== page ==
Signifying changes

Children have their own achievements. Each birthday signals that a whole year of learning has gone by and that the child is an older and different person from the previous year. Some parents like to spend time with their child, on or after a birthday, going through the child’s room and putting away or giving away those things they have outgrown — clothes, toys, books, pictures. (But be careful not to do this with precious or important possessions.)

This clearing out and remaking of their environment helps children to notice changes in themselves and to celebrate their achievements. The freshness and newness of their surroundings helps them to feel fresh and new, too.

Ways in which parents ‘signify’ their child’s growing up can include:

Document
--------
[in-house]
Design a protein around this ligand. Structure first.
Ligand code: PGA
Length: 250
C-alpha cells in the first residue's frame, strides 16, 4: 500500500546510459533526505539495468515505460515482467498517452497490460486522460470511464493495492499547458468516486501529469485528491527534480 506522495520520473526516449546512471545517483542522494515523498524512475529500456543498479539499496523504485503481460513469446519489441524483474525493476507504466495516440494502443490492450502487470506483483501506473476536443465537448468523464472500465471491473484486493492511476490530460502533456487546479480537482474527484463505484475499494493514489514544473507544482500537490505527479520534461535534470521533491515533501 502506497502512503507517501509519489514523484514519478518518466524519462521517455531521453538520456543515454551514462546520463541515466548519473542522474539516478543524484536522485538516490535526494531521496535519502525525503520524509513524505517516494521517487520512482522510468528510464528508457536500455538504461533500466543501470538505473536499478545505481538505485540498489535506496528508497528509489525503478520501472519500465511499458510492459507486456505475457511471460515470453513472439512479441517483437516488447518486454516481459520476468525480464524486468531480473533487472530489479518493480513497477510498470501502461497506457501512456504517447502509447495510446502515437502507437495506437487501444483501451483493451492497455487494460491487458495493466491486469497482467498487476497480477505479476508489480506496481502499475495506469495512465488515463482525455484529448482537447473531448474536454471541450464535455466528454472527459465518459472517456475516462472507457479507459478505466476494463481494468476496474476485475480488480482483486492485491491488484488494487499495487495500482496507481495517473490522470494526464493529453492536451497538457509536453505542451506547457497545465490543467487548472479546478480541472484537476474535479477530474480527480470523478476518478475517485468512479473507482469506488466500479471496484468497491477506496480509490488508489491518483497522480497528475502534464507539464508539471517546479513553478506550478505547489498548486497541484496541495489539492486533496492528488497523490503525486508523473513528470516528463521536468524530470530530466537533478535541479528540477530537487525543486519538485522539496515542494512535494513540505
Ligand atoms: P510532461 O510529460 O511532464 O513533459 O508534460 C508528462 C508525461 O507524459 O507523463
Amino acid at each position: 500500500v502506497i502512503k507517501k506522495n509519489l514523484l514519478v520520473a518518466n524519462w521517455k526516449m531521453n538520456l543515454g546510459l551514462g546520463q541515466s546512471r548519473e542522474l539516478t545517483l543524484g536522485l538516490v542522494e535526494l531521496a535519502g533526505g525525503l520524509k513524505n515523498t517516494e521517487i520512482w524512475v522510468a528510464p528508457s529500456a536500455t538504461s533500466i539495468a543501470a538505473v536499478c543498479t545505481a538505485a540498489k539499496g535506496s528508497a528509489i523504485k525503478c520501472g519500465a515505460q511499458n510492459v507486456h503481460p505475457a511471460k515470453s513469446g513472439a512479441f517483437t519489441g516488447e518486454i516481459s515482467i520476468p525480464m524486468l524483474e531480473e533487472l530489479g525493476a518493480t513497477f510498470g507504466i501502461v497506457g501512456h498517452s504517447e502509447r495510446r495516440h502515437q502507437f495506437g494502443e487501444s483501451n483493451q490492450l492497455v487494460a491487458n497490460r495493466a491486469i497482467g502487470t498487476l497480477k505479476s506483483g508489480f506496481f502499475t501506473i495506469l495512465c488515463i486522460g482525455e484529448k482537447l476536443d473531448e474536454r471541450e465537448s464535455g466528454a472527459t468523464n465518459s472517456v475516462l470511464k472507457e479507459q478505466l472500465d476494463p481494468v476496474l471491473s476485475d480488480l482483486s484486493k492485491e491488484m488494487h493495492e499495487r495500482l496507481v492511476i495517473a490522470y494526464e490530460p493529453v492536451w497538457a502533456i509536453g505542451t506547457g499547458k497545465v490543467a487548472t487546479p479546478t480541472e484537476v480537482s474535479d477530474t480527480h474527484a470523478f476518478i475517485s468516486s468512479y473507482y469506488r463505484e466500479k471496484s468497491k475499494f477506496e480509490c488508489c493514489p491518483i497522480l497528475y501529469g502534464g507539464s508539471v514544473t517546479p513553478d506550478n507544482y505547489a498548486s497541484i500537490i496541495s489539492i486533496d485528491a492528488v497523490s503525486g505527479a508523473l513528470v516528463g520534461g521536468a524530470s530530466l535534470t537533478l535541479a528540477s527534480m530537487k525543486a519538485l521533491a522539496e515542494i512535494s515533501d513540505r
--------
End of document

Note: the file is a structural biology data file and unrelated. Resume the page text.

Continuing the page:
– At an appropriate time, take away or put away ‘baby things’ (special blanket, for instance).

– Expect and reward dry beds by giving your child a bed of their own.

– Change baby words you have used and remind them to use the proper words. For example, no longer ask: ‘Do you want a bowl of yummies?’ but: ‘Do you want some morning tea?’

– No longer rescue them in their play with another child, now that they have information about how to solve problems. Remind them that they know what to do and send them back to fix it.

– Buy a school bag, even though they are only in nursery.

– Start giving them pocket money and helping them to use it.